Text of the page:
He was kind of shy and laid back. You know a very nice guy and he was kind of lonesome for Fairmount, Indiana. We just became real good buddies. He spent a lot of time over at our house, eating. He liked that home cooking of my wife’s. We spent about 7 and a half months, nearly every day together. I can’t even think of a day that we missed, on weekends and everything.

Mark Kinnaman: After the work on Giant away from the set did you ever see him again?

Robert Hinkle: I did every day and night while we were on Giant but we were still shooting Giant when he got killed. He told me one time when he first met me, he said, “ I heard you’ve been hired here by Warner Brothers to work with Rock Hudson, to teach him a Texas accent.” He said, “I’d like for you make a Texan out of me where I can be a Texan twenty-four hours a day.” That is what we really tried to do. Two or three times while we were down in Texas doing Giant I had people ask me, said, “What part of Texas is he from?” and I thought that was a compliment, because he talked like a Texan down there, he wore Levi’s and boots and a hat, and rolled his own cigarettes just like them old timers did and things like that. Everybody liked him. Everybody down there in Marfa, they just thought the world of him. The other stars were kind of standoffish a little bit like Elizabeth Taylor and Rock Hudson. Now Dennis Hopper this was really his first big picture and Carroll Baker hers, but Mercedes McCambridge she won an Oscar on it and she played Rock’s sister. She was isolated, kind of stayed by herself you know.

bhPatricia Neal on the set of Hud1962

With Patricia Neal on the set of “Hud” 1962.

Tina Ayres: As someone who has worked both behind the camera and in front of it did you prefer one more than the other? Why?

Robert Hinkle: Yeah, I really, I guess I had more fun when I was doing extra work and then when I was doing stunts. It was kind of fun when I started doing acting but I was a little scared you know because I’d never had any training, but I found out that I had a knack for doing stuff behind the camera. I was a little more creative there than I was becoming a Broadway actor so I really enjoyed that. And then when I made the transition in about 1960, 59 because I wrote and directed and produced a picture for Universal called Ole Rex, it was kind of a Disney type of picture, that is when I got the bug and from then on I directed and produced and wrote scripts. I did a little acting here and there the last thing I did was a Walker Texas Ranger in 1995, that is when I retired up in Dallas. That was the last thing I played a two parter in that called, The Reunion with Chuck Norris.


Tina Ayres: Was it somewhat therapeutic to work with Mike Farris on your biography Call Me Lucky: A Texan in Hollywood?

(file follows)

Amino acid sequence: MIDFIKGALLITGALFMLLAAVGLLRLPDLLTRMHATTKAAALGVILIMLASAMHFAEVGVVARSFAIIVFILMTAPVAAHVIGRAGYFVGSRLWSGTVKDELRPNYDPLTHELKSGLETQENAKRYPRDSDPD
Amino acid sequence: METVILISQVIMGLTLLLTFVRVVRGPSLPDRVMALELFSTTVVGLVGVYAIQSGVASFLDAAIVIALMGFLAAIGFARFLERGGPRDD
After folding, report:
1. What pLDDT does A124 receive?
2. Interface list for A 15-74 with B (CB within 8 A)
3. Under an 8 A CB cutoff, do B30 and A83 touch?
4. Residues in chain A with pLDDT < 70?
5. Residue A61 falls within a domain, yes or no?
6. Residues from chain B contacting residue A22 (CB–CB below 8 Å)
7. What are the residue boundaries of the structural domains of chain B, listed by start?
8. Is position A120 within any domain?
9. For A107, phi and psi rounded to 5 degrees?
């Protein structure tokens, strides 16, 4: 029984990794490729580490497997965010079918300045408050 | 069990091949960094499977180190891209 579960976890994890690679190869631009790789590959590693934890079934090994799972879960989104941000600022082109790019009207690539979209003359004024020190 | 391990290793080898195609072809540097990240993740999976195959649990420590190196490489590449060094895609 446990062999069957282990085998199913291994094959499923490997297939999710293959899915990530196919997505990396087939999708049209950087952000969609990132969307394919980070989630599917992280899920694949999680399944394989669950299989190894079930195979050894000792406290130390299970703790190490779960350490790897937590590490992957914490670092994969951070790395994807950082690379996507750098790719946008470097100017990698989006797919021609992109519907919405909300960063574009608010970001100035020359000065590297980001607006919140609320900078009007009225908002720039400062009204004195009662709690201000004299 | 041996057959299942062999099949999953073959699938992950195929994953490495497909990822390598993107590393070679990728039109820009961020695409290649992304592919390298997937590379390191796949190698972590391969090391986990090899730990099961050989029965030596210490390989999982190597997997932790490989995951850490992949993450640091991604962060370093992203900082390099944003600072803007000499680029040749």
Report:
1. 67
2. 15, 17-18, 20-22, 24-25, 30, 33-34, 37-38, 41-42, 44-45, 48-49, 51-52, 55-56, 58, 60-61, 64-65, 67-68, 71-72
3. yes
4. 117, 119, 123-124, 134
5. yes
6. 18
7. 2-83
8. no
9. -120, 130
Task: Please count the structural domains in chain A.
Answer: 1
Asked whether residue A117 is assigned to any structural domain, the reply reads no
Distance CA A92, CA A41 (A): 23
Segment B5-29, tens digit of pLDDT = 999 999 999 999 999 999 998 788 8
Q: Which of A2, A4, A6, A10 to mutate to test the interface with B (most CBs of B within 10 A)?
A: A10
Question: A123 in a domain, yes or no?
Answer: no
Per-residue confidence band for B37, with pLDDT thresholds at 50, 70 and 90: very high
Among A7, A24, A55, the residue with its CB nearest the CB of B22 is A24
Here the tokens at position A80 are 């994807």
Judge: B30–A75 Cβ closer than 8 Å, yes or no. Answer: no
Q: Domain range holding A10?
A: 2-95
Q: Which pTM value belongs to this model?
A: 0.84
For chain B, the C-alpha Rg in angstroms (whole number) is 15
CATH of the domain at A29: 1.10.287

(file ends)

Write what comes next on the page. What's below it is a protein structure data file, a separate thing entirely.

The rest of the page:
Mark Kinnaman: Did it bring back a lot of memories?

Robert Hinkle:  Oh Man it really did and the thing about it was when I first met Mike, the way that came down we was living in Dallas I had retired from my Walker Texas Ranger and the Southern Methodist up there the library had a program every year where they’d bring in about eight or ten celebrities to set at a table. Each one of them had a table and then the people paid, I think fifty dollars a piece or something like this to come in and have dinner and sit with a celebrity and discuss different things. And my table was talking about the movies being made in Texas which I was connected with Hud (1963), with Paul Newman, with Brandon De Wilde, and Patricia Neal and Melvyn Douglas they both won Oscars on it and with Giant. So there was a lady she was a commentary on a t.v station there in Dallas and she was sitting at my table and we got to talking and she said her husband had a table over there himself and he was the guy that when Kennedy was shot he worked for the Dallas Morning News and he saw it right there. He was right on the sidewalk when it happened and he got into the car with the policemen that finally arrested the guy over in Oak Cliff. She said, “Oh my husband said he really wanted to sit at this table.” I said, “Man I’d love to sit at his table.” When it was over we all met and she said. “Why don’t you do a book?” And I said, “Well I don’t have the education and the whatever it takes you know to put a book together.” She said, “I’ve got a good friend let me call him and see if he’d work with you.” That is how she got a hold of Mike Farris and then Mike called me.

When I met with Mike I started to tell him some of these stories, he had a kind of funny look on his face. I know he thought now this is some bullshit. I didn’t have any credentials, no World Championship or this or that, All American this or that. So he got on the internet and he started looking up some of the stuff. Then he started coming up with pictures that I was in that I’d even forgotten about. He really got interested because he said, “Hell this guy is legit.” So I’d take and put a story down. I’d just tell a story, like, “July  25, 1946, I soloed and got my pilots license and then I went on in like that and I’d record it and then he’d take it and put it into book form and he knew the way to do it. How to go from one chapter to the next and write teasers for this and that and that is how we got started and the more I worked with Mike the better I liked it and I learned an awful lot working with him.


Robert and Mike Farris at a “Call Me Lucky” book signing.

Mark Kinnaman: How long did you work with Marty Robbins?